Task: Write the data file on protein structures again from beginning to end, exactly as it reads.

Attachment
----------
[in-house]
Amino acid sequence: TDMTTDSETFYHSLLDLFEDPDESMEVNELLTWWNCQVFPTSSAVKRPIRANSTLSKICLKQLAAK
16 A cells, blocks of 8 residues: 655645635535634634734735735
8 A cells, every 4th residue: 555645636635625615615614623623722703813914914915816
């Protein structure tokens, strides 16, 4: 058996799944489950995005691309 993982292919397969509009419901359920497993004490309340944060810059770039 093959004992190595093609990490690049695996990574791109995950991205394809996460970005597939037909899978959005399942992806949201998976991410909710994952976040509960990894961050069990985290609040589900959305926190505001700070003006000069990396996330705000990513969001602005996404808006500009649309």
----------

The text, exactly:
[in-house]
Amino acid sequence: TDMTTDSETFYHSLLDLFEDPDESMEVNELLTWWNCQVFPTSSAVKRPIRANSTLSKICLKQLAAK
16 A cells, blocks of 8 residues: 655645635535634634734735735
8 A cells, every 4th residue: 555645636635625615615614623623722703813914914915816
């Protein structure tokens, strides 16, 4: 058996799944489950995005691309 993982292919397969509009419901359920497993004490309340944060810059770039 093959004992190595093609990490690049695996990574791109995950991205394809996460970005597939037909899978959005399942992806949201998976991410909710994952976040509960990894961050069990985290609040589900959305926190505001700070003006000069990396996330705000990513969001602005996404808006500009649309």